The Health Benefits of Ginger

Article posted in: Diet & Nutrition
Fresh slices of Ginger on wooden cutting board.

You might know of ginger as the spice that gives gingerbread it’s warm flavor or ginger ale it’s distinct taste. However, this zesty superfood has so much more to offer than its flavor. Keep reading to learn more about the health benefits of ginger.

According to the Academy of Nutrition and Dietetics, ginger is native to Southeast Asia and India.1 It’s from the same “plant family” as other popular spices like turmeric and cardamom.2 For thousands of years, ginger has been used for medicinal purposes in China.3

In addition to the pastoral history of ginger’s medicinal uses, some scientific studies have also turned their focus on this super plant, finding evidence for ginger as an anti-inflammatory agent, anti-nausea compound and anticancer agent. Here’s what the research says about the health benefits of ginger:

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Anti-Inflammatory

Fresh chopped ginger root and ground ginger powder in wooden spoon on wooden rustic table.

The National Arthritis Foundation cites a University of Miami study, stating that ginger extract could possibly become an alternative for nonsteroidal ant-inflammatory drugs (NSAIDs). They explain, “The study compared the effects of a highly concentrated ginger extract to placebo in 247 patients with osteoarthritis (OA) of the knee. The ginger reduced pain and stiffness in knee joints by 40 percent over the placebo.”4

Researchers theorize that ginger may provide these benefits due to the effects it has on certain inflammatory processes. It has anti-inflammatory properties, as well as antioxidants.4 Medical News Today further backs up this notion, saying that, “Ginger may help prevent and manage arthritis due to its antioxidant and anti-inflammatory properties.”5

A review of 16 clinical trials, published in 2017, also determined that ginger may help stave off inflammation. However, the scientists did state that more research is needed to determine the proper amount and types of ginger extract that are most beneficial.6

According to Herbal Medicine: Biomolecular and Clinical Aspects. 2nd edition., one study found that patients with rheumatoid arthritis, osteoarthritis or general muscular discomfort reported relief from pain and swelling when taking a powdered ginger supplement for at least three months or up to two years. It is theorized that this anti-inflammatory property is due, in part, to ginger’s modification of calcium levels through a particular receptor subtype that signals heat and pain sensitivity.2

Research studying ginger for pain and inflammation has had mixed results and more studies are needed.2

Anti-Nausea

Ginger on a table grated and sliced

In addition to its potential ant-inflammatory powers, ginger is commonly thought to have the ability to stop the feeling of nausea. Ginger’s possible ability to alleviate symptoms of nausea and vomiting is probably its most famous purpose.

According to the Academy of Nutrition and Dietetics, ginger contains the antioxidant 6-gingerol. This compound is thought to be the reason why ginger may help alleviate nausea and vertigo symptoms.1

Research cited in Herbal Medicine: Biomolecular and Clinical Aspects. 2nd edition., indicates that “ginger and its constituents accumulate in the gastrointestinal tract, which supports the many observations of ginger’s effectiveness as an antinausea agent and as a possible colon cancer-preventing compound.”2 It is believed that ginger’s effectiveness is due to its carminative effect. This breaks down and gets rid of intestinal gas.  However, the studies are still inconclusive on how ginger effectively relieves nausea.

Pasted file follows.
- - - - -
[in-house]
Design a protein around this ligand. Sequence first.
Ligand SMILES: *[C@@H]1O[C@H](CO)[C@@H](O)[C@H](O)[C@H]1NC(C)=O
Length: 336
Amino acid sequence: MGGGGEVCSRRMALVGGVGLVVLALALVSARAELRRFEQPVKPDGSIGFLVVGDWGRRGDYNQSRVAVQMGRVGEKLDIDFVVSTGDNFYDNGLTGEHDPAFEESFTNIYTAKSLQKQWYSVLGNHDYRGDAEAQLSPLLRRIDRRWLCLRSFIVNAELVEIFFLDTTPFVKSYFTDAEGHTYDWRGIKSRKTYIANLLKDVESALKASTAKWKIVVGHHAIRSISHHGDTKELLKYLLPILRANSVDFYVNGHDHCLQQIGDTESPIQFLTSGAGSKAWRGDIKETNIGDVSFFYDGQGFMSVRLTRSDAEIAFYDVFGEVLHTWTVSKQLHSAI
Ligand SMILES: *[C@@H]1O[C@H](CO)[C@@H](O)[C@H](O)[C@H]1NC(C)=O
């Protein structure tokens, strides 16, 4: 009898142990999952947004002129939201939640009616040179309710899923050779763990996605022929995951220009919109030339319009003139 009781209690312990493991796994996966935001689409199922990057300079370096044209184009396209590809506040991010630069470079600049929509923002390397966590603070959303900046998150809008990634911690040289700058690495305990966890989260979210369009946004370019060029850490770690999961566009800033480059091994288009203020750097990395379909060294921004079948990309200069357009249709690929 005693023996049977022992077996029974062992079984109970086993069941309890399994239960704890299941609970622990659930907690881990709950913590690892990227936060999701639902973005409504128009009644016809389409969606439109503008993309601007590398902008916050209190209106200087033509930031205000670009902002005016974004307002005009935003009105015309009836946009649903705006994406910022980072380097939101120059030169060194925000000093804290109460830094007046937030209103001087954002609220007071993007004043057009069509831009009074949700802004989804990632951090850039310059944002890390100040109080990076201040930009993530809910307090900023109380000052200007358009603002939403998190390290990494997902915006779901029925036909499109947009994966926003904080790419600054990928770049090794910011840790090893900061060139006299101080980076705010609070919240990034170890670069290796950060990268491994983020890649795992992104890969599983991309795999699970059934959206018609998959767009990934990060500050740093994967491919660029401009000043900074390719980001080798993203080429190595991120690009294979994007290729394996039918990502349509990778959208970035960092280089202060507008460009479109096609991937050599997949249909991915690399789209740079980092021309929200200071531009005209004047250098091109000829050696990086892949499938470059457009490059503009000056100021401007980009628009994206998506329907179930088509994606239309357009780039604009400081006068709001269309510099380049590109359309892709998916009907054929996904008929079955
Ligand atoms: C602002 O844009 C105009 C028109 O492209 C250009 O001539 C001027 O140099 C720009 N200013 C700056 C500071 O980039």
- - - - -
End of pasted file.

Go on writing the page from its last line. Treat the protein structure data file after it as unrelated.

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Cooking With Ginger

soup with fresh ginger and limes

It’s clear that ginger has many potential health benefits. It’s also been shown to possibly support cardiovascular health, decrease the risk of cancer and improve digestion.6 While more research is needed on ginger and its effects, it’s clear that it’s a healthy ingredient that you can add to many different meals on your low-carb diet. It’s rich in antioxidants and also contains vitamin C, magnesium and potassium.1

According to Medical News Today, “The Food and Drug Administration (FDA) consider ginger to be safe to include in the diet, but they do not guarantee or regulate its use as a medicine or supplement. Researchers have not investigated many of the compounds in ginger. Also, scientific evidence does not support some claims about ginger’s healing qualities. Before adding more ginger to the diet or taking a ginger supplement, consult a healthcare provider. A supplement may interact with medications or cause other health complications.”

You can find it in your supermarket fresh, dried, ground, powdered, candied or pickled.2 It can also be found as a dietary supplement, but speak to your doctor trying any new diet or supplement. If you’re following a low-carb diet, try to avoid any forms of ginger that include the addition of added sugar.

Ginger is a great way to add depth and warm flavor to soups, stir fries, smoothies and more. Looking for some healthy ways to include ginger in your diet? Check out the tasty recipes below that feature this spicy root:

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Sources: 

  1. https://www.eatright.org/food/vitamins-and-supplements/nutrient-rich-foods/exploring-aromatics
  2. https://www.ncbi.nlm.nih.gov/books/NBK92775/
  3. https://www.nccih.nih.gov/health/ginger
  4. http://blog.arthritis.org/living-with-arthritis/health-benefits-of-ginger/
  5. https://www.medicalnewstoday.com/articles/319106
  6. https://www.medicalnewstoday.com/articles/265990